The NFL Combine is an exciting time for you and me. A chance to watch the top prospects in one location, competing in the same drills, with risers and fallers and names the casual fan will get their first exposure too. But for the players, it’s a lot less glamorous.
In fact, Bud Dupree had one word to describe his time in Indy.
“The Combine was dreary,” Dupree told Steelers.com’s Teresa Varley. “It was long. For me it was a bad process because I had a groin injury I didn’t think was going to linger, but it did. It kept me having to do MRIs. Then they wake you up for drug tests. Then you get up in the morning and have to run 40s, do jumps. It was dreary.”
Those are the hidden aspects of the scouting process we don’t think much about. We just watch the fun stuff. The 40 yard dash. Players getting worked through drills. Mark Gorscak being mic’d up. In reality, the day begins at the crack of dawn, woken up to take a drug test. Then there’s the medical component, poked and prodded by all 32 teams – each organization brings their own staff. After that, it’s off to work out, an environment not conducive to peak performance, and the day ends with interviews and psychological testing.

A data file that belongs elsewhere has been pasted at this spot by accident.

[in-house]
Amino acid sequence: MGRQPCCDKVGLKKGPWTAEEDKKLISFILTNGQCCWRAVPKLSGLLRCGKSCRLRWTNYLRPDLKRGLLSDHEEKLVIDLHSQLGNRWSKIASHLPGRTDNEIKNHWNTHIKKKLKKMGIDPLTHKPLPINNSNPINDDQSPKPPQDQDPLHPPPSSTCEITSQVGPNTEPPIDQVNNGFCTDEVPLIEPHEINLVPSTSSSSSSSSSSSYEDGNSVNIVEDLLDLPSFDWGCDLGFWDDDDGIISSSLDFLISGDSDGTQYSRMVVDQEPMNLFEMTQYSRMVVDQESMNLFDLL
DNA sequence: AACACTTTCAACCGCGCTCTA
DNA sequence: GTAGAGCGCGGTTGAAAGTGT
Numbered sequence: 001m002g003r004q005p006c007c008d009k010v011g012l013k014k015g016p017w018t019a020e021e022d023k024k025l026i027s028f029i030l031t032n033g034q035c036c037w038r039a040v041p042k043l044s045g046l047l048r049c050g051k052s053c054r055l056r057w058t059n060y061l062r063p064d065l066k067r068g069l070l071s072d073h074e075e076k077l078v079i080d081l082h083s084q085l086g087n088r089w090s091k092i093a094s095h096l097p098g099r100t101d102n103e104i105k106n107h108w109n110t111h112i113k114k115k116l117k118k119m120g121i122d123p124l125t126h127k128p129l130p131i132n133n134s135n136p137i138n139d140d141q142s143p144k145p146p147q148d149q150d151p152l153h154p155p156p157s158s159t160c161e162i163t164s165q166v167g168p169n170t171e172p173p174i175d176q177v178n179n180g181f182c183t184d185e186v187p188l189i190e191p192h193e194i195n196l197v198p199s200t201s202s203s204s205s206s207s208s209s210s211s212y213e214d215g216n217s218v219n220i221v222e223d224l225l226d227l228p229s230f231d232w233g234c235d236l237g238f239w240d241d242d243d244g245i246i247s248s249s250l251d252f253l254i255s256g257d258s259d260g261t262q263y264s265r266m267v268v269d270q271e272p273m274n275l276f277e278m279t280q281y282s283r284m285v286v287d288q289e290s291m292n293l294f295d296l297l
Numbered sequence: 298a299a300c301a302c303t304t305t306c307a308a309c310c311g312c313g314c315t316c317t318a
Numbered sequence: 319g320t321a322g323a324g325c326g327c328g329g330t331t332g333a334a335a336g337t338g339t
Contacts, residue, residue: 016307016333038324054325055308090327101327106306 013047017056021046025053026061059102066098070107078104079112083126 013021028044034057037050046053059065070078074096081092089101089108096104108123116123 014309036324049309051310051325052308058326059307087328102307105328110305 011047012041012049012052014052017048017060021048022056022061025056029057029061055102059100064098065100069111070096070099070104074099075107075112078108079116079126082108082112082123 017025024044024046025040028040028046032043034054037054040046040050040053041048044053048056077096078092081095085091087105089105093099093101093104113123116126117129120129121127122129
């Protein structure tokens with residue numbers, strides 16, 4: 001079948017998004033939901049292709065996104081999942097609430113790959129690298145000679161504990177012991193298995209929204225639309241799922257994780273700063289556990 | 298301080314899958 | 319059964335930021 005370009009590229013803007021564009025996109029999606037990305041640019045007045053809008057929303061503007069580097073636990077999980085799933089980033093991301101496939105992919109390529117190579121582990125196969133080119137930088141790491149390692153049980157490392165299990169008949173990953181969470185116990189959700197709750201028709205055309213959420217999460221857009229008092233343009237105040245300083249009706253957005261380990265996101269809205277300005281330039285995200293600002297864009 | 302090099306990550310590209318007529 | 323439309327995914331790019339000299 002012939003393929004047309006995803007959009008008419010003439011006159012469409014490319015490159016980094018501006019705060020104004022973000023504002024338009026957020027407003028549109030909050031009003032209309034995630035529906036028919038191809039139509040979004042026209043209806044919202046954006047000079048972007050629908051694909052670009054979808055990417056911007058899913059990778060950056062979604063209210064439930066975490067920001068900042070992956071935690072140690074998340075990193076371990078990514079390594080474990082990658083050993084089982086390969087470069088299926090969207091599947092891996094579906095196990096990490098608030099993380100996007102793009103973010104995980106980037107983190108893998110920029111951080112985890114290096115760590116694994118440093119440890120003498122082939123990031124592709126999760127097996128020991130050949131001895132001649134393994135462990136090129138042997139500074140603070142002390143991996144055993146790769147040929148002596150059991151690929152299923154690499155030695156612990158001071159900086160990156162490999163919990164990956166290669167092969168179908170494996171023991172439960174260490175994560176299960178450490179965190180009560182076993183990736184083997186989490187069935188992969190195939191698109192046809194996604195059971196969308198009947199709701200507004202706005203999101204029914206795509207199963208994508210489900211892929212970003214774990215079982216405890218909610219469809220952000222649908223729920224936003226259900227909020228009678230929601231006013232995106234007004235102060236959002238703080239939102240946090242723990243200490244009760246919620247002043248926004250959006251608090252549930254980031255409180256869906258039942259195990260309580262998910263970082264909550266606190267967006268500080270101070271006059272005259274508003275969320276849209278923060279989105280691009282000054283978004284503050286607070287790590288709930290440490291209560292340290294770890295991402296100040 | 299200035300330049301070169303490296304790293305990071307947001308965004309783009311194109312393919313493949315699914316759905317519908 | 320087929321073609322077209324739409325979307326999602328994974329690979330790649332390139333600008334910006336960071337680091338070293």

Easy to see why in hindsight, players are thrilled to get it over with.
“I think the Combine is a big mental game to see how people react to things and adversity,” Dupree said. “It’s more mental. The only physical thing is lift weights.”
For Pittsburgh, and I assume most other teams, the vast majority of their draft picks come from the Combine. That’s where the top talent is at but it also provides that complete evaluation that makes a team comfortable submitting the card for that player.
Since 2014, only one of their selections – Keion Adams – wasn’t invited to Indianapolis. In the Mike Tomlin era, only three of their non-combine picks were taken higher than the 6th round: Shaq Richardson, Frank Summers, and William Gay, all taken in the 5th. All three had impressive Pro Day workouts to get back on the team’s radar.